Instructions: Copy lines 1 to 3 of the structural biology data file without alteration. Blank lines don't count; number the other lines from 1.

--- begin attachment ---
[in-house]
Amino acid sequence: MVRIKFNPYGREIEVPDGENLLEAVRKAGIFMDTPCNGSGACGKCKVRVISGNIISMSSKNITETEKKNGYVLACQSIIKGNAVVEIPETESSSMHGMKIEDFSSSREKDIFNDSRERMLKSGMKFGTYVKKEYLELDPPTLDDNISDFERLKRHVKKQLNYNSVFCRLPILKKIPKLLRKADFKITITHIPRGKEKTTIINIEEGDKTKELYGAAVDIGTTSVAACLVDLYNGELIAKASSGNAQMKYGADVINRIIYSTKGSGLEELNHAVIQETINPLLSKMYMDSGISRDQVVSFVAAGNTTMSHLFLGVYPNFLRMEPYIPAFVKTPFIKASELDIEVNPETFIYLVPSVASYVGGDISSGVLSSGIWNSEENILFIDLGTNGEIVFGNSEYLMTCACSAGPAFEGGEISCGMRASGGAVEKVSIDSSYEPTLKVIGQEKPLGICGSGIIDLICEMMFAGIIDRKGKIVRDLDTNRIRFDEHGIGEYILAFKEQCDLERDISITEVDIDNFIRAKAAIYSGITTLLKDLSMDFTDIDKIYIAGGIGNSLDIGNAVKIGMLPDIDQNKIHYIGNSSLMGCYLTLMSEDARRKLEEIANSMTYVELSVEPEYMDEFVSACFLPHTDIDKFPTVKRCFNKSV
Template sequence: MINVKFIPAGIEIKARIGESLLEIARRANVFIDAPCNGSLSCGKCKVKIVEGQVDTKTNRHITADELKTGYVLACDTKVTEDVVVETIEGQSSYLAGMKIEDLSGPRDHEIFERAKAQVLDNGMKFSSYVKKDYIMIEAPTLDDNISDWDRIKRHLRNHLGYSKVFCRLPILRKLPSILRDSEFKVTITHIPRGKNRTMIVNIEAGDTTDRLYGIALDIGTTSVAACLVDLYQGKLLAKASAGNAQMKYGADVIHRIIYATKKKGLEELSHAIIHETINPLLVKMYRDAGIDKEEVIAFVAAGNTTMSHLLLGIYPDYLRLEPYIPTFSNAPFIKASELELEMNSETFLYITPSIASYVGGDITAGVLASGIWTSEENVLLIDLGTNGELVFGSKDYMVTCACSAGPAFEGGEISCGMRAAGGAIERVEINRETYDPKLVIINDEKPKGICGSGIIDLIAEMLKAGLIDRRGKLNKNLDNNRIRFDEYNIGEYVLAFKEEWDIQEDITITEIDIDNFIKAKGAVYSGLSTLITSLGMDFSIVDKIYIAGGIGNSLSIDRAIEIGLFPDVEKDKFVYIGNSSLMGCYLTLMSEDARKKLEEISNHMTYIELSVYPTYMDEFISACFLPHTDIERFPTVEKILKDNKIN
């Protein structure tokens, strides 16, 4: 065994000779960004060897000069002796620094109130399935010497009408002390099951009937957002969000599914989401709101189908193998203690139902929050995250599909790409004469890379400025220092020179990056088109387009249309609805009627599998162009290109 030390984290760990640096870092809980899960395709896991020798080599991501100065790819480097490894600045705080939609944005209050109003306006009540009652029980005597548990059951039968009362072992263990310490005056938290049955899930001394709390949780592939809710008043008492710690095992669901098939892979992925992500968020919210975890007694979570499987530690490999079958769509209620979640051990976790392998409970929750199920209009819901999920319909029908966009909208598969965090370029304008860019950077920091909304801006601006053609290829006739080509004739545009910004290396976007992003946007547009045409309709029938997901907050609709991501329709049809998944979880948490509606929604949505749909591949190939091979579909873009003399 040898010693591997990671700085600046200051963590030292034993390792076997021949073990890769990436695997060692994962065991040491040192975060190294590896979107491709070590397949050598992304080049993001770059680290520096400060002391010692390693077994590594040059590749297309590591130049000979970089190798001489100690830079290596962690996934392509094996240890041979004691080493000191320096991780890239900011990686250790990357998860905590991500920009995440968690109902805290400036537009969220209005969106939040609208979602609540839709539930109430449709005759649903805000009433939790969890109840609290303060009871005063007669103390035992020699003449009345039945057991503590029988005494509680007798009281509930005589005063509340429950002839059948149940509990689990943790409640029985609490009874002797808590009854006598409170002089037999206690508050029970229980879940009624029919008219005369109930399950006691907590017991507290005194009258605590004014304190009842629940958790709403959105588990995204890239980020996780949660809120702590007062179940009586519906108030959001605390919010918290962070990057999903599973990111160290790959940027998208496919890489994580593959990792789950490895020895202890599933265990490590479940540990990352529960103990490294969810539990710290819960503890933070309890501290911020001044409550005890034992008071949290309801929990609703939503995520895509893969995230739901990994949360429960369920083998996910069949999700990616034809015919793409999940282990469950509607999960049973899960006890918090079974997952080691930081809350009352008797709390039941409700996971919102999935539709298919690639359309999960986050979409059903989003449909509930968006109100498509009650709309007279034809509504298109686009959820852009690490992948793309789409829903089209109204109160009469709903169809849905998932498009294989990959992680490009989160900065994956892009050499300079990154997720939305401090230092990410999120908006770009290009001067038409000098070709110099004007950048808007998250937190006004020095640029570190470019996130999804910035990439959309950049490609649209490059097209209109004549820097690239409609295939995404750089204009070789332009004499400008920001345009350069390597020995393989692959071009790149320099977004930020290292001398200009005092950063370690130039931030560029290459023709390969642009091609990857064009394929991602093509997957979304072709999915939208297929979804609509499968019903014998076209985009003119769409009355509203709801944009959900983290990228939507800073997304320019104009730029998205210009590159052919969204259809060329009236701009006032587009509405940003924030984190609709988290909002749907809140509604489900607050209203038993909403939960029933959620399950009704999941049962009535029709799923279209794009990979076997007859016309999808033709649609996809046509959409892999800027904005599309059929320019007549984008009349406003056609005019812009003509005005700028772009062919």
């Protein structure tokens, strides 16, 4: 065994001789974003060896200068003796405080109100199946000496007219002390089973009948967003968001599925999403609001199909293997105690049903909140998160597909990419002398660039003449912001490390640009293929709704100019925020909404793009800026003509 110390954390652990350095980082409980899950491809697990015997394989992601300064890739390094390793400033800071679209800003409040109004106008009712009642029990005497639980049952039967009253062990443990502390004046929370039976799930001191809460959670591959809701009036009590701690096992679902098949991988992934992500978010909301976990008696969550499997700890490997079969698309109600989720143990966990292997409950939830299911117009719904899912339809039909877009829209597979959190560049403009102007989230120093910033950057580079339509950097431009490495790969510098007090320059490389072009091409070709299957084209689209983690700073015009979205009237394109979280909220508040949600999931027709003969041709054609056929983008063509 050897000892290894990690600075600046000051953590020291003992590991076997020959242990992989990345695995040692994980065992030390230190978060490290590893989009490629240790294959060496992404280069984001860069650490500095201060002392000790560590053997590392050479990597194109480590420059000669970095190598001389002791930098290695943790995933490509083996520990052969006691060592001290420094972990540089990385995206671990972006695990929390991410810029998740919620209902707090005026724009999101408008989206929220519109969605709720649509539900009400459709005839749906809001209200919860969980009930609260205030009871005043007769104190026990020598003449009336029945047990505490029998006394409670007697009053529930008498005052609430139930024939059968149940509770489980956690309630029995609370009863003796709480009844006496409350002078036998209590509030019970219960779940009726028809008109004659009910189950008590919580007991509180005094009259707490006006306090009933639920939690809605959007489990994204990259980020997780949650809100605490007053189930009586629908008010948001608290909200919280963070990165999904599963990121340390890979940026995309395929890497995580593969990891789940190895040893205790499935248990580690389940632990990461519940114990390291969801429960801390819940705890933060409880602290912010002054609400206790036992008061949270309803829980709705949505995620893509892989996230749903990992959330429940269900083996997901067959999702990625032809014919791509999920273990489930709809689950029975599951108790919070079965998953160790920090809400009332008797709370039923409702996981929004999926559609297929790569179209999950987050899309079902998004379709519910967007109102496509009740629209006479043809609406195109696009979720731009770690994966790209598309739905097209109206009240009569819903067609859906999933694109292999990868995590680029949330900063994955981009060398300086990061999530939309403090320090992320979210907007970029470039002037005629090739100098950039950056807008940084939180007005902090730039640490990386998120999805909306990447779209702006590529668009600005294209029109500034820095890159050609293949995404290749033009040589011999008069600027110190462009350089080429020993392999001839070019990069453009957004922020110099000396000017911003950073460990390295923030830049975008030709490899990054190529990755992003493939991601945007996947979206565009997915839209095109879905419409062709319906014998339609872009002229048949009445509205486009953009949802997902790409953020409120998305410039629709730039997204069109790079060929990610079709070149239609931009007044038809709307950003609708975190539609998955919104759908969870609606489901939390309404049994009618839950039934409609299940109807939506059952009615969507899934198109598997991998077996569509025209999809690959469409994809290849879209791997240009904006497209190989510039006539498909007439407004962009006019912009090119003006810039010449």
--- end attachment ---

[in-house]
Amino acid sequence: MVRIKFNPYGREIEVPDGENLLEAVRKAGIFMDTPCNGSGACGKCKVRVISGNIISMSSKNITETEKKNGYVLACQSIIKGNAVVEIPETESSSMHGMKIEDFSSSREKDIFNDSRERMLKSGMKFGTYVKKEYLELDPPTLDDNISDFERLKRHVKKQLNYNSVFCRLPILKKIPKLLRKADFKITITHIPRGKEKTTIINIEEGDKTKELYGAAVDIGTTSVAACLVDLYNGELIAKASSGNAQMKYGADVINRIIYSTKGSGLEELNHAVIQETINPLLSKMYMDSGISRDQVVSFVAAGNTTMSHLFLGVYPNFLRMEPYIPAFVKTPFIKASELDIEVNPETFIYLVPSVASYVGGDISSGVLSSGIWNSEENILFIDLGTNGEIVFGNSEYLMTCACSAGPAFEGGEISCGMRASGGAVEKVSIDSSYEPTLKVIGQEKPLGICGSGIIDLICEMMFAGIIDRKGKIVRDLDTNRIRFDEHGIGEYILAFKEQCDLERDISITEVDIDNFIRAKAAIYSGITTLLKDLSMDFTDIDKIYIAGGIGNSLDIGNAVKIGMLPDIDQNKIHYIGNSSLMGCYLTLMSEDARRKLEEIANSMTYVELSVEPEYMDEFVSACFLPHTDIDKFPTVKRCFNKSV
Template sequence: MINVKFIPAGIEIKARIGESLLEIARRANVFIDAPCNGSLSCGKCKVKIVEGQVDTKTNRHITADELKTGYVLACDTKVTEDVVVETIEGQSSYLAGMKIEDLSGPRDHEIFERAKAQVLDNGMKFSSYVKKDYIMIEAPTLDDNISDWDRIKRHLRNHLGYSKVFCRLPILRKLPSILRDSEFKVTITHIPRGKNRTMIVNIEAGDTTDRLYGIALDIGTTSVAACLVDLYQGKLLAKASAGNAQMKYGADVIHRIIYATKKKGLEELSHAIIHETINPLLVKMYRDAGIDKEEVIAFVAAGNTTMSHLLLGIYPDYLRLEPYIPTFSNAPFIKASELELEMNSETFLYITPSIASYVGGDITAGVLASGIWTSEENVLLIDLGTNGELVFGSKDYMVTCACSAGPAFEGGEISCGMRAAGGAIERVEINRETYDPKLVIINDEKPKGICGSGIIDLIAEMLKAGLIDRRGKLNKNLDNNRIRFDEYNIGEYVLAFKEEWDIQEDITITEIDIDNFIKAKGAVYSGLSTLITSLGMDFSIVDKIYIAGGIGNSLSIDRAIEIGLFPDVEKDKFVYIGNSSLMGCYLTLMSEDARKKLEEISNHMTYIELSVYPTYMDEFISACFLPHTDIERFPTVEKILKDNKIN